[HKEY_CLASSES_ROOT\DesktopBackground\Shell\SystemProtection\shell\01SystemProtection\command]
@=”SystemPropertiesProtection.exe”

[HKEY_CLASSES_ROOT\DesktopBackground\Shell\SystemProtection\shell\02OpenSystemRestore]
“MUIVerb”=”Launch System Restore”
“Icon”=”rstrui.exe”

[HKEY_CLASSES_ROOT\DesktopBackground\Shell\SystemProtection\shell\02OpenSystemRestore\command]
@=”rstrui.exe”

[HKEY_CLASSES_ROOT\DesktopBackground\Shell\SystemProtection\shell\03CreateRestorePoint]
“MUIVerb”=”Create Restore Point”
“Icon”=”rstrui.exe”

[HKEY_CLASSES_ROOT\DesktopBackground\Shell\SystemProtection\shell\03CreateRestorePoint\command]
@=”PowerShell -windowstyle hidden -command \”Start-Process cmd -ArgumentList ‘/s,/c, PowerShell Checkpoint-Computer -Description \”Contextmenu\” -RestorePointType \”MODIFY_SETTINGS\”‘ -Verb runAs\””

<—-snip—->

Reading the above text will give you some insight into what is being changed, and where it is located in the Registry.

Note: Credit is due to Sergey Tkachenko for his work on the above Registry code and for some of the information provided in this article. His Winaero site is another great source of information. DCT has mentioned Winaero in various articles many times over the years.

Option 3

For the die-hards out there, you can find each Hive, Key, and Value in the Registry and make the changes manually. I do not recommend this approach. It will be prone to hard-to-find typos, and besides, it’s a whole bunch of unnecessary work since it’s already been done for you. Since I don’t recommend it, I won’t be showing you how to do it. Sorry.

Results

Once you have finished merging the reg file, you can see the results of all your hard work by right-clicking on any empty space on your Desktop and you should see a menu that looks similar to this one:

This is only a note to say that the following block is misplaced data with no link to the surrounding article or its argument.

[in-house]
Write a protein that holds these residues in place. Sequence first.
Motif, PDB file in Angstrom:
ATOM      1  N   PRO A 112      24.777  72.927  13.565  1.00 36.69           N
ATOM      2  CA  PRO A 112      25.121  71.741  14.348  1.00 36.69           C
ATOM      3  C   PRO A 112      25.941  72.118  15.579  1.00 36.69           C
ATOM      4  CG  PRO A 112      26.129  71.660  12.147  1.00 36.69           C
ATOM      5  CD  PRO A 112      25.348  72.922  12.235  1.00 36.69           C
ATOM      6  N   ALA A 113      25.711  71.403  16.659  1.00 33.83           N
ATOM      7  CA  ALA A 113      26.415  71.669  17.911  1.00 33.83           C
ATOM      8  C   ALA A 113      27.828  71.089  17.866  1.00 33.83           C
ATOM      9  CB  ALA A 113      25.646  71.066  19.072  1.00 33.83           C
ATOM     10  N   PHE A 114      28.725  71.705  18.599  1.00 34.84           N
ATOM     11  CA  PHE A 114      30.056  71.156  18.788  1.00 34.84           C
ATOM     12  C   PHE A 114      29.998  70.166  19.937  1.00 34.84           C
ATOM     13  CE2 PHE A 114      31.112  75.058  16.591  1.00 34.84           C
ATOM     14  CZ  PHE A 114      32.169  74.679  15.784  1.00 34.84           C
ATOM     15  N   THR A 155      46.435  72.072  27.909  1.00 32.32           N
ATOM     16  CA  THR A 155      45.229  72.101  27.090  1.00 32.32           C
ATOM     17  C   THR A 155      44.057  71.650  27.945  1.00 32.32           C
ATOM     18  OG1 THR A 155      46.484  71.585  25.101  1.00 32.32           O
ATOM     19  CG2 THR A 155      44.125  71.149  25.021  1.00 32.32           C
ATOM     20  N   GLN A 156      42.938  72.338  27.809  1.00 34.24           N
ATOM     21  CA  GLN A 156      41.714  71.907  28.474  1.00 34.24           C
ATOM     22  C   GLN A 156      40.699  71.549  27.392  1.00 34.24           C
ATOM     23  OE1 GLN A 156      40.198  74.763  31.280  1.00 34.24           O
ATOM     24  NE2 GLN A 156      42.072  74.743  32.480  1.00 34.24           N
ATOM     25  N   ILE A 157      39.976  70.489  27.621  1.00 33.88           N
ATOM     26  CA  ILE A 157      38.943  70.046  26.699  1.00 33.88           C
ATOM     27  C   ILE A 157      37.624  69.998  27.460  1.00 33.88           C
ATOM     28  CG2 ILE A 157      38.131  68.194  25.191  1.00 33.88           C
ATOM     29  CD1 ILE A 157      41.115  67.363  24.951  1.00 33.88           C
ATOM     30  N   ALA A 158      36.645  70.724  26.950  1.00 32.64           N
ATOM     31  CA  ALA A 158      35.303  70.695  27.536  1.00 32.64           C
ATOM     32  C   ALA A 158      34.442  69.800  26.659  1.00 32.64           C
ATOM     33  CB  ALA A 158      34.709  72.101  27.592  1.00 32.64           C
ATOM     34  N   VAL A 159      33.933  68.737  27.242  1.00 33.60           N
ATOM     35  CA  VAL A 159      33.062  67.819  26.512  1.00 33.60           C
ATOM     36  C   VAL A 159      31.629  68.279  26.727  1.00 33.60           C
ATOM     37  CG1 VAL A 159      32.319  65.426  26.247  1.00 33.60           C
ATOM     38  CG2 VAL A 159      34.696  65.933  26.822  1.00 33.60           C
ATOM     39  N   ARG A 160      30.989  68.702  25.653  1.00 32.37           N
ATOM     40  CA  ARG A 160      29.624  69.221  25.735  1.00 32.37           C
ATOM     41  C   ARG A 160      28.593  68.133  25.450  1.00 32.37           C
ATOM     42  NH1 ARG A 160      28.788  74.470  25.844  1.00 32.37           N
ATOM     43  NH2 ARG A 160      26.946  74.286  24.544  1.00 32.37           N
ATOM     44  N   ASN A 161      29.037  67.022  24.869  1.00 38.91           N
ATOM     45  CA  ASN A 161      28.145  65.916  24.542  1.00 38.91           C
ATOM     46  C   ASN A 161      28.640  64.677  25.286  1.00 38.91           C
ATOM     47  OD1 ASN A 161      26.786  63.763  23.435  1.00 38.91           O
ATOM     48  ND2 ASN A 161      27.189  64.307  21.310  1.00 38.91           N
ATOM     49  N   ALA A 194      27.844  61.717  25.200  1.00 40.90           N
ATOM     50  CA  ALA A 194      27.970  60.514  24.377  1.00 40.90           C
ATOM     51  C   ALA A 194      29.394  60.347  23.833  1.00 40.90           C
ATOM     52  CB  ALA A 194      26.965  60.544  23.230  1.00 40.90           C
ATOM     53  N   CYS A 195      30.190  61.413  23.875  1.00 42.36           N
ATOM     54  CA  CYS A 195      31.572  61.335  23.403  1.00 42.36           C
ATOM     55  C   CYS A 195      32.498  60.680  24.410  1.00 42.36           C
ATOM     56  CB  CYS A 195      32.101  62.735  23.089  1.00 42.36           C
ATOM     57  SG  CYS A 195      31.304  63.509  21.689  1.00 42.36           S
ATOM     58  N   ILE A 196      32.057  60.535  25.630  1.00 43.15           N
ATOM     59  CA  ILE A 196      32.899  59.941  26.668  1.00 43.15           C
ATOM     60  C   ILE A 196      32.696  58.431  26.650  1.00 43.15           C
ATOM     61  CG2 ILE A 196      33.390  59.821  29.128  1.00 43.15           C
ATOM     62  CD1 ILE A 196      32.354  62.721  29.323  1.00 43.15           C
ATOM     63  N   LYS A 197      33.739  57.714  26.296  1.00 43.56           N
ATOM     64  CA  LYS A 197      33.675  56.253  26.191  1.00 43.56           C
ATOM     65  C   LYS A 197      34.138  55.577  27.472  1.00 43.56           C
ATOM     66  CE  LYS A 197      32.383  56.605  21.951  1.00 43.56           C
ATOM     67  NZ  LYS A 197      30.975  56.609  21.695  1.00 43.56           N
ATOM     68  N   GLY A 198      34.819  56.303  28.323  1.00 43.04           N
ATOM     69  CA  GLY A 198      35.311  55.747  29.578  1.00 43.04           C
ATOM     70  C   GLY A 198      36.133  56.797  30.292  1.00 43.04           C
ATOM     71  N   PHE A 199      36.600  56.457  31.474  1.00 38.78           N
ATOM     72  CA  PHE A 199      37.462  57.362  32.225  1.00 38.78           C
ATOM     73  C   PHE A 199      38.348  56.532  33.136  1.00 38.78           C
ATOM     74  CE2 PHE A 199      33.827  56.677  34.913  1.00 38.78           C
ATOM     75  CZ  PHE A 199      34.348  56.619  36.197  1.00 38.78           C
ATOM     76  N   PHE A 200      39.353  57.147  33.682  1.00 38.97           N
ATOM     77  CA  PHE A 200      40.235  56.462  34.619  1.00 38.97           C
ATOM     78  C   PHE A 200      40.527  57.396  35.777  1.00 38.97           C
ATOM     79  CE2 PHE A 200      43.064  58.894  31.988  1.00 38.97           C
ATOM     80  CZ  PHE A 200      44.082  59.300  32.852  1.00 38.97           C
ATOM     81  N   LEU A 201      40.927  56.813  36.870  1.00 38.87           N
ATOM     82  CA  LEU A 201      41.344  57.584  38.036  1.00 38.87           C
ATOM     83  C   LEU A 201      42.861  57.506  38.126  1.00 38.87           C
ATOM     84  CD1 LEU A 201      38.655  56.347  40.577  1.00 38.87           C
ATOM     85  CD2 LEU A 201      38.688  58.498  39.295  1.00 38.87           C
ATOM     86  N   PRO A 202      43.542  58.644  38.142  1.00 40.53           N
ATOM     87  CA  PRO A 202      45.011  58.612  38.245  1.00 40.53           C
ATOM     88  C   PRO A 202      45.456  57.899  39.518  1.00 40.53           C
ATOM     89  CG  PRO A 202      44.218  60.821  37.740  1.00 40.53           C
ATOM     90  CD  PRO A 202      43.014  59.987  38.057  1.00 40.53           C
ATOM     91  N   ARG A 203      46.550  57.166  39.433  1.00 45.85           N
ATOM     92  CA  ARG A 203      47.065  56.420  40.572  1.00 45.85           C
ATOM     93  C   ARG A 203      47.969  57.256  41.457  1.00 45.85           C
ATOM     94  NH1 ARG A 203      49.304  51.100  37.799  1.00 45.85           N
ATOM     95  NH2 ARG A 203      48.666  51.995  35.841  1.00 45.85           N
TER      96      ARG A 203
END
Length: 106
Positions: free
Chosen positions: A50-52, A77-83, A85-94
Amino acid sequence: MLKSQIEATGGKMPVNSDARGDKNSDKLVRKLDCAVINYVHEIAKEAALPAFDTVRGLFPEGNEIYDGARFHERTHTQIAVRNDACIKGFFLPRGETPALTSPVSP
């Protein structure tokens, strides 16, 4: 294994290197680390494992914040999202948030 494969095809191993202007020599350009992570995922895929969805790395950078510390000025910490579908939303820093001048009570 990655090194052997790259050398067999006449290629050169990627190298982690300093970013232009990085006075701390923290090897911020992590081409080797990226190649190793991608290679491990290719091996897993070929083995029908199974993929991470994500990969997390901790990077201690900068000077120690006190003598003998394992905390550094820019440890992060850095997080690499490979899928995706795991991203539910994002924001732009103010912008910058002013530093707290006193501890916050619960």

context-menu-results

  • System Protection will bring you to the System Properties sheet where you can choose System Restore, configure your hard drives to either use or not use System Protection, or Create a System Restore point
  • Launch System Restore will allow you to restore any Restore Points which have been created . Obviously, if there are no Restore Points, then there will be nothing to do here.
  • Create Restore Point will immediately open a Command Box, and create a System Restore Point for you. This is a very handy one-click solution for when you are about to make a big change to your system, like installing a new program, for instance.

As always, if you have any helpful suggestions, comments or questions, please share them with us,

Richard

Note: Going forward, I will also be accepting off-topic questions within these Quick Tips articles. I hope to keep a record of them to learn what most interests our readers and to be able to create requested articles based on that response. Don’t be shy.

About the Author

Richard Pedersen

Richard received his first computer, a C-64, in 1982 as a gift and began dabbling in BASIC. He was hooked! His love for computing has led him from the old “XT” boxes to the more modern fare and from clunky 10MB hard drives to smooth and fast modern day SSD drives. He has run BBS services, Fido mail, and even operated his own computer repair business.